Moscow’s efforts to seize control of eastern Ukraine have all but ground to a halt with forces failing to make progress on the ground. The Russian army had expected to make advances of as much as 40km a day, according to Western officials, but is currently struggling to even manage two kilometres due to the intense resistance from Ukrainians.
Ukraine has even started to launch counter-offensive operations that are pushing Russia back on areas where they had made the limited gains.
The Kremlin has suffered repeated setbacks and heavy losses in men and equipment in the course of the 79-day-old invasion.
Some unverified reports suggest there have been as many as 26,000 Russian casualties.
After failing to capture the capital Kyiv in the first phase of what Russia calls its “special military operation”, Russian forces have refocused on the eastern Donbas region and southern city of Mariupol.
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But with progress faltering, troops have started to adopt increasingly risky strategies to try and combat the resistance.
One Western official said: “I think we’ve seen from their attempts to cross the Donetsk river that they have certainly tried to take the fight to the Ukrainians.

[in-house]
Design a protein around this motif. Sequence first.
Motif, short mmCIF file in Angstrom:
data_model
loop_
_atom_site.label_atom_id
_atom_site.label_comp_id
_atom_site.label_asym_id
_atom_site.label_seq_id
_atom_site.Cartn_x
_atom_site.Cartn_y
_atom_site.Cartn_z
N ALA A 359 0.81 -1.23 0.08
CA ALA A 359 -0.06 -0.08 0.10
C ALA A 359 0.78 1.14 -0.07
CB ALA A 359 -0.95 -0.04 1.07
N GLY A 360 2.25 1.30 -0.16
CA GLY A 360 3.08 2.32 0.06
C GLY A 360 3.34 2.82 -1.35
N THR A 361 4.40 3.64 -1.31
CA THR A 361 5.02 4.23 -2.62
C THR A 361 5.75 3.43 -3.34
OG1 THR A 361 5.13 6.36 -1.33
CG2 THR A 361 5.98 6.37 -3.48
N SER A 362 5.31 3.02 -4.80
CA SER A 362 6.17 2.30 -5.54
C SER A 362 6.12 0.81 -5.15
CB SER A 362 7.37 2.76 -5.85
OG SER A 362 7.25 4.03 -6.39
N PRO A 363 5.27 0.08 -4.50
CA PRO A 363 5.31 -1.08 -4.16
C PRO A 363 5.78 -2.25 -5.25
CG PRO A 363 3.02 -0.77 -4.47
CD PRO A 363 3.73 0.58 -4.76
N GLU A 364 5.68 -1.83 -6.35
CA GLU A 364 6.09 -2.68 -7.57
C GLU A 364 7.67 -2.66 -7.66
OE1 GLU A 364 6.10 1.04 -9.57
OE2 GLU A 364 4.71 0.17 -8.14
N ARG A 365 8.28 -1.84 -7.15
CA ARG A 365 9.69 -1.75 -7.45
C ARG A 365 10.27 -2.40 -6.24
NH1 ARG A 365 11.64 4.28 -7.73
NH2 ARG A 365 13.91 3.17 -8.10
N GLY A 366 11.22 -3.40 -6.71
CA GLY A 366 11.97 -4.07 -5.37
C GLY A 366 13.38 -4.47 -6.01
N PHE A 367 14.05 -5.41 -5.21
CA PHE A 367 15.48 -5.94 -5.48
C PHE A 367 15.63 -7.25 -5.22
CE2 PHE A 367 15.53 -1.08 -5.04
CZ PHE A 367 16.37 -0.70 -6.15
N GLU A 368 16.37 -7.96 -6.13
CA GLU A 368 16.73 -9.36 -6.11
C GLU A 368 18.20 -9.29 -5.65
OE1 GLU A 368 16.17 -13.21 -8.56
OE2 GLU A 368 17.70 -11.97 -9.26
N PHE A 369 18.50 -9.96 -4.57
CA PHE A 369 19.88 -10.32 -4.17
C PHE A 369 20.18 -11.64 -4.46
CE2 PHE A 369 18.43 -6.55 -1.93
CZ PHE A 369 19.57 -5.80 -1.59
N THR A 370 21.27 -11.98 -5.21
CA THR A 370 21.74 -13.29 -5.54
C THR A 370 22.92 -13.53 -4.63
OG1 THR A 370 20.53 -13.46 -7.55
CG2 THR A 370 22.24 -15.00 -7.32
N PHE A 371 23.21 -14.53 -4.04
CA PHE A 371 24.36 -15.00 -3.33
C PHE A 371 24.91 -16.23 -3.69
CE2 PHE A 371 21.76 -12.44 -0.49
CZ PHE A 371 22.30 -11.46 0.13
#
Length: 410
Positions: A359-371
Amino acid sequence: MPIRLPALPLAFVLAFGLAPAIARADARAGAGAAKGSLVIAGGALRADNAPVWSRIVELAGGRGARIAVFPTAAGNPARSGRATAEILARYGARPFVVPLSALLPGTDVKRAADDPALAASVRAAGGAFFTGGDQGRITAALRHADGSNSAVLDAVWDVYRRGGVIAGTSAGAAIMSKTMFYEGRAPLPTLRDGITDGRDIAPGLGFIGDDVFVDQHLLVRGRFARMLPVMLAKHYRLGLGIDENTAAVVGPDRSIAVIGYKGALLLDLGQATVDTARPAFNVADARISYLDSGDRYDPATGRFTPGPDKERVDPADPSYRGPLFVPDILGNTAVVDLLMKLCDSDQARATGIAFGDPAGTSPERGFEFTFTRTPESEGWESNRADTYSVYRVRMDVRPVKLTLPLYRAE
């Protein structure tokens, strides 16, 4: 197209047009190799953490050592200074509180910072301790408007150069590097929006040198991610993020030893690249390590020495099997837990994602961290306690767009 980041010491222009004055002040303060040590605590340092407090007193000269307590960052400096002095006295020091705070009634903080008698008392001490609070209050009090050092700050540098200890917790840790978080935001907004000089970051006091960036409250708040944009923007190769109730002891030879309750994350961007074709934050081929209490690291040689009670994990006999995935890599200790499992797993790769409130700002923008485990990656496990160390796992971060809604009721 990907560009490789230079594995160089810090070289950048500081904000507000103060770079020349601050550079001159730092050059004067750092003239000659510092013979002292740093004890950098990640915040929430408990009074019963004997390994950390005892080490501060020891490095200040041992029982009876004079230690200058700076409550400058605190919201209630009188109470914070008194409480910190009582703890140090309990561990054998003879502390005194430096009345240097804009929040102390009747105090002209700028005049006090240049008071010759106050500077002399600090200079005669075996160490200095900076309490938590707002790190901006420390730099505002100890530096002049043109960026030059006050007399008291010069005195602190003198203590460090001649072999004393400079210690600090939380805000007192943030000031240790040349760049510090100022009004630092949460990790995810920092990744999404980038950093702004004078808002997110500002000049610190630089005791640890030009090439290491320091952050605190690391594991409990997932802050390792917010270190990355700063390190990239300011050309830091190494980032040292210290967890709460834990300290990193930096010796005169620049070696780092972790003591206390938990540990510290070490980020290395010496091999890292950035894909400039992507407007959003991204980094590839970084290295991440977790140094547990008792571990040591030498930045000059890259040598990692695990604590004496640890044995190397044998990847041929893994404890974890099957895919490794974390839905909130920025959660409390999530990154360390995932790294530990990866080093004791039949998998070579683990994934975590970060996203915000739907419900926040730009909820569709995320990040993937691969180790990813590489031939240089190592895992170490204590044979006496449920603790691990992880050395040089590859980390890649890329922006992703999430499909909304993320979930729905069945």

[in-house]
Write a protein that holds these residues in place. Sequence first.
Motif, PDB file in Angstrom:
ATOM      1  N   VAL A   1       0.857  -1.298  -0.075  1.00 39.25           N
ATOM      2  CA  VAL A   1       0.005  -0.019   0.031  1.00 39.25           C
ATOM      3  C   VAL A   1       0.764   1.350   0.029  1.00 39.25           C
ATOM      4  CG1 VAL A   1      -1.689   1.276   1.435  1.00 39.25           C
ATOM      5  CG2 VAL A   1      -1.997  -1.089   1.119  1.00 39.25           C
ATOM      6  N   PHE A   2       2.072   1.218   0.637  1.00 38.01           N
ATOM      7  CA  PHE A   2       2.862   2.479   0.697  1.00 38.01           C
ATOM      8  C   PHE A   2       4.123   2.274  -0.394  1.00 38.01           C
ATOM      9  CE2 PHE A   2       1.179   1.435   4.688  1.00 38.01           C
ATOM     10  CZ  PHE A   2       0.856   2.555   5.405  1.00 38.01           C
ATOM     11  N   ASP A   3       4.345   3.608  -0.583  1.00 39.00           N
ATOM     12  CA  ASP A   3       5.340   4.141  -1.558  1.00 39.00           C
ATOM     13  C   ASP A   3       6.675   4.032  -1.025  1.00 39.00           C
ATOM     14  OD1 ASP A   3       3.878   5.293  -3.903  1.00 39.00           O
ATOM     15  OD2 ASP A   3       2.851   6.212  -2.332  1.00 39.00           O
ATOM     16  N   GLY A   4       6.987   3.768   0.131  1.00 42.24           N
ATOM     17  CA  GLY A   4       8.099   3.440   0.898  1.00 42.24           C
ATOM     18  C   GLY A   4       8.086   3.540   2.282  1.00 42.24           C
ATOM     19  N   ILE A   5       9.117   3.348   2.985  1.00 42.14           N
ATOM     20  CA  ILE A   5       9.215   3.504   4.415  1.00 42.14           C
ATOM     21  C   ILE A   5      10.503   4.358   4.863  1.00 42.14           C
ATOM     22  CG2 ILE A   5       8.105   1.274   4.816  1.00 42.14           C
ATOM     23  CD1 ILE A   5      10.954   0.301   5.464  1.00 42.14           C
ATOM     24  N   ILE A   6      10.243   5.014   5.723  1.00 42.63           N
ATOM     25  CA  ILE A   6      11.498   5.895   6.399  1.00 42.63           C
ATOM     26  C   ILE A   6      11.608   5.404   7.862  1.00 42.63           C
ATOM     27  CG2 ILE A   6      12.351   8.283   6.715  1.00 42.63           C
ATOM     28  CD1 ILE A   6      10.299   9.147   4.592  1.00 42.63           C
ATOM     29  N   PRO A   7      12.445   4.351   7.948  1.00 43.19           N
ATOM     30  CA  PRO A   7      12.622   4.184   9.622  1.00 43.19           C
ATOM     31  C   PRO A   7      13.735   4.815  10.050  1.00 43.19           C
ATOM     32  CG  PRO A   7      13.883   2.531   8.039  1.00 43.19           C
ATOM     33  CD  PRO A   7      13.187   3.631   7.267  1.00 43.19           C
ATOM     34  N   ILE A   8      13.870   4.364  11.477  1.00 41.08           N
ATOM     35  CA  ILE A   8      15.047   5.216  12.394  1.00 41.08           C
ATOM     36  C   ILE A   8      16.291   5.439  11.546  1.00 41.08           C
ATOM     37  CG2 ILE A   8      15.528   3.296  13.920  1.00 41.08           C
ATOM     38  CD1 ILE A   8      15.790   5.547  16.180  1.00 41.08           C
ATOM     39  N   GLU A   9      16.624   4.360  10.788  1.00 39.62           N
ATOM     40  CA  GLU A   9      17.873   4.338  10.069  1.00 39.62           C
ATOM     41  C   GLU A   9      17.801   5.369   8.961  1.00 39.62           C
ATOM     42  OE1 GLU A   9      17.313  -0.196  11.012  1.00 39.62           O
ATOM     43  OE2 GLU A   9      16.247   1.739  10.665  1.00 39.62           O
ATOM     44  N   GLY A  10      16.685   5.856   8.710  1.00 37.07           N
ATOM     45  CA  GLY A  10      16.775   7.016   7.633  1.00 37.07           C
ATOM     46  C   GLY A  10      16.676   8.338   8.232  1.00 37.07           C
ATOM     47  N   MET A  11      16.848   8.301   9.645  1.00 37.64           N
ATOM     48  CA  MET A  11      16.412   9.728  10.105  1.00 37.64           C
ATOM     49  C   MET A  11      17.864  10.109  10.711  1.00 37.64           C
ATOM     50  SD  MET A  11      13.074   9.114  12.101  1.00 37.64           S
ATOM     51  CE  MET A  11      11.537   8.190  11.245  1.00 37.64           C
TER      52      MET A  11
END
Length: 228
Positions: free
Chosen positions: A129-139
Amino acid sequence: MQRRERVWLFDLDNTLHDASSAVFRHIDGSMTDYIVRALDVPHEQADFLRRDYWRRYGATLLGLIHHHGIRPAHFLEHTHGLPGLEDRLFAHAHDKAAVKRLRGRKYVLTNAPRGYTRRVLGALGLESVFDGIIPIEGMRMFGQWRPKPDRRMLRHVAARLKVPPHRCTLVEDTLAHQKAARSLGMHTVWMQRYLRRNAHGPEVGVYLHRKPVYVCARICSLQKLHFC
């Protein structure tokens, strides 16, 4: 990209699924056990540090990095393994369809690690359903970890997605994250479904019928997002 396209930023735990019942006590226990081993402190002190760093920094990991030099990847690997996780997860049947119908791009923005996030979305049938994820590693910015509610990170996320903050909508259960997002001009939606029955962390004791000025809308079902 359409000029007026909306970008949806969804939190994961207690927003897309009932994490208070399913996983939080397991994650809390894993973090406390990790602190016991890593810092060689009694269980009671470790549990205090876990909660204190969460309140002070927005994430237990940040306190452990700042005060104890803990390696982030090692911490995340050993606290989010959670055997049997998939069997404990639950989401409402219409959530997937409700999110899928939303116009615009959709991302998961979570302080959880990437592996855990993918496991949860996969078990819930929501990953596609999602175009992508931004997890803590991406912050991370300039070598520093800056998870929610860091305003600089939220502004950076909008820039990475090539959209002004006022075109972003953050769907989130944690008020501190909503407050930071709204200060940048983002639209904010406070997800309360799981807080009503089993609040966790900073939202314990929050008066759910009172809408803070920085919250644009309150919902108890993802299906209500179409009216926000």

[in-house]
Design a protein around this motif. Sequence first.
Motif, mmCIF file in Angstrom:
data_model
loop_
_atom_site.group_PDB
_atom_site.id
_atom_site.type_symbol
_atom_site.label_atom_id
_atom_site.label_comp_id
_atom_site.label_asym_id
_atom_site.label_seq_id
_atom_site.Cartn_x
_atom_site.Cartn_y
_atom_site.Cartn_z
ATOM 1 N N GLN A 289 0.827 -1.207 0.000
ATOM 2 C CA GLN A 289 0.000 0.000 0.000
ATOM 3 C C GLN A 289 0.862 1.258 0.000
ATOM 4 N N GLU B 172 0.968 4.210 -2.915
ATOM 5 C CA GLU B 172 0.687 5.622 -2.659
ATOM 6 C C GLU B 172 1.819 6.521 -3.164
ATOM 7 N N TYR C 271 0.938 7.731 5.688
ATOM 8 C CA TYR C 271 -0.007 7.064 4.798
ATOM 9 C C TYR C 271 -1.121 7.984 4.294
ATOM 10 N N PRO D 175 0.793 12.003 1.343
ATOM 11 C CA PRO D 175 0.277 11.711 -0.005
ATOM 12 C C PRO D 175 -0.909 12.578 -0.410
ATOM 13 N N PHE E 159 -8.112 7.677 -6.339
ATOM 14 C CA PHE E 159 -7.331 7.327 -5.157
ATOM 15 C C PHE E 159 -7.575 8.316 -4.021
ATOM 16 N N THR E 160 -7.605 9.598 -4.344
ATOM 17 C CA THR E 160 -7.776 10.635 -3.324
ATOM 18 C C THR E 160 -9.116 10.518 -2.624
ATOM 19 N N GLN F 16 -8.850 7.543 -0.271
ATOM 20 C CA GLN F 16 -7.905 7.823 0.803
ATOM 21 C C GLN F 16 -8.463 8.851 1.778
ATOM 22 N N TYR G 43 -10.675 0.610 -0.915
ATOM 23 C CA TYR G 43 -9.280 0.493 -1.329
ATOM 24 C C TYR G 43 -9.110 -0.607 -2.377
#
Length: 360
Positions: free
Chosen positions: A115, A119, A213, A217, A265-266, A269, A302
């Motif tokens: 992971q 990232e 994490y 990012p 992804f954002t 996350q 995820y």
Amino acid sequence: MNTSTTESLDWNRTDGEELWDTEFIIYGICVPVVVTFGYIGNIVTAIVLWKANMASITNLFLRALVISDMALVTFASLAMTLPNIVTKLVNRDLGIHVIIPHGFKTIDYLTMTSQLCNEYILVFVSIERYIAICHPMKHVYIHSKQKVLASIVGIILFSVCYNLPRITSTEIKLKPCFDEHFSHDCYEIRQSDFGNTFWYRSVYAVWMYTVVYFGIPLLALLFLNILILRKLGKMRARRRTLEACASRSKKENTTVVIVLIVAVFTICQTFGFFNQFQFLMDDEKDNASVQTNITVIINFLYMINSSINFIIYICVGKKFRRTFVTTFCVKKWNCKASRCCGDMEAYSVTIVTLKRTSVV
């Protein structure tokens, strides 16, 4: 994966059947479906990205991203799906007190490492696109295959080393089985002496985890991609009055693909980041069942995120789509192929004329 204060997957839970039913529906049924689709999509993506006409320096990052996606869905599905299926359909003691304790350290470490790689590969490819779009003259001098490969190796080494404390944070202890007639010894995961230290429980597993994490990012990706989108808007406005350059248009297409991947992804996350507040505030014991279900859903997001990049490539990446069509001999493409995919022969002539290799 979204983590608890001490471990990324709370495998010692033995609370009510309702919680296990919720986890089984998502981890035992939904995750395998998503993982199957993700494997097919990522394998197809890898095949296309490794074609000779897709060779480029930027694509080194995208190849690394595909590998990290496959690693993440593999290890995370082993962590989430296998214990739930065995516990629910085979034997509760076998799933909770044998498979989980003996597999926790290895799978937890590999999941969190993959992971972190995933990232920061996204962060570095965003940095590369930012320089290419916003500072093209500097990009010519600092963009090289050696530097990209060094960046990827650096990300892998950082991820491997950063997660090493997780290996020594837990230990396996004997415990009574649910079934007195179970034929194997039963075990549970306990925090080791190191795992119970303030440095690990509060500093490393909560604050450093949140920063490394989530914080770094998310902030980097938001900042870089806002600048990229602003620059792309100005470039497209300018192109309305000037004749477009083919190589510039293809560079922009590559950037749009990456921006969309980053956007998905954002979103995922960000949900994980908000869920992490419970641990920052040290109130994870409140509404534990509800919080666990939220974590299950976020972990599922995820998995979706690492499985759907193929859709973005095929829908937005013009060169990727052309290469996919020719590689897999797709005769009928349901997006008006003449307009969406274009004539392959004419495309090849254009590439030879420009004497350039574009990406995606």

“The deployments and trying to do river crossings in the middle of the day is, some might say, reckless.”
Officials added that the nature of the commemorations on Red Square on Monday to mark the 77th anniversary of victory over Nazi Germany in World War Two highlighted Russia was “losing control of the narrative”.
The Kremlin had originally hoped the date would mark a celebration of the success in Ukraine, but it had to abandon any such hopes after a lack of results in combat.
Officials say while the parade intended to show off Russia’s strength, it was instead surrounded by questions of mutiny among the country’s military.
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“The Russians appear to have lost control of the narrative.
“So, whereas usually – and particularly with the May 9 victory parade – we would have expected the commanders and leadership to come out in a position of strength and projecting power, actually the debate is around whether they are in control and the morale of the forces,” the official said.
“In terms of the information environment, they appear to be losing that battle.”
In March Russian brigade commander Colonel Yury Medvedev was run over in a tank by his own troops amid mounting losses in Ukraine.
There have also been claims of soldiers disobeying orders and even surrendering as they lose faith in their army’s ability to win the war.
In the latest sign of discontent, a former commander of pro-Russian forces in eastern Ukraine today accused Russian Defence Minister Sergei Shoigu of “criminal negligence” over the stuttering military campaign.
“I directly accuse Sergei Shoigu of, at minimum, criminal negligence,” Igor Girkin said in a video interview posted on his Telegram channel.
“I have no grounds to accuse him of treason, but I would suspect it.”
He has become an outspoken critic of how Russia is waging its war in Ukraine over recent weeks, saying that without a new strategy and more manpower, Russia could lose.
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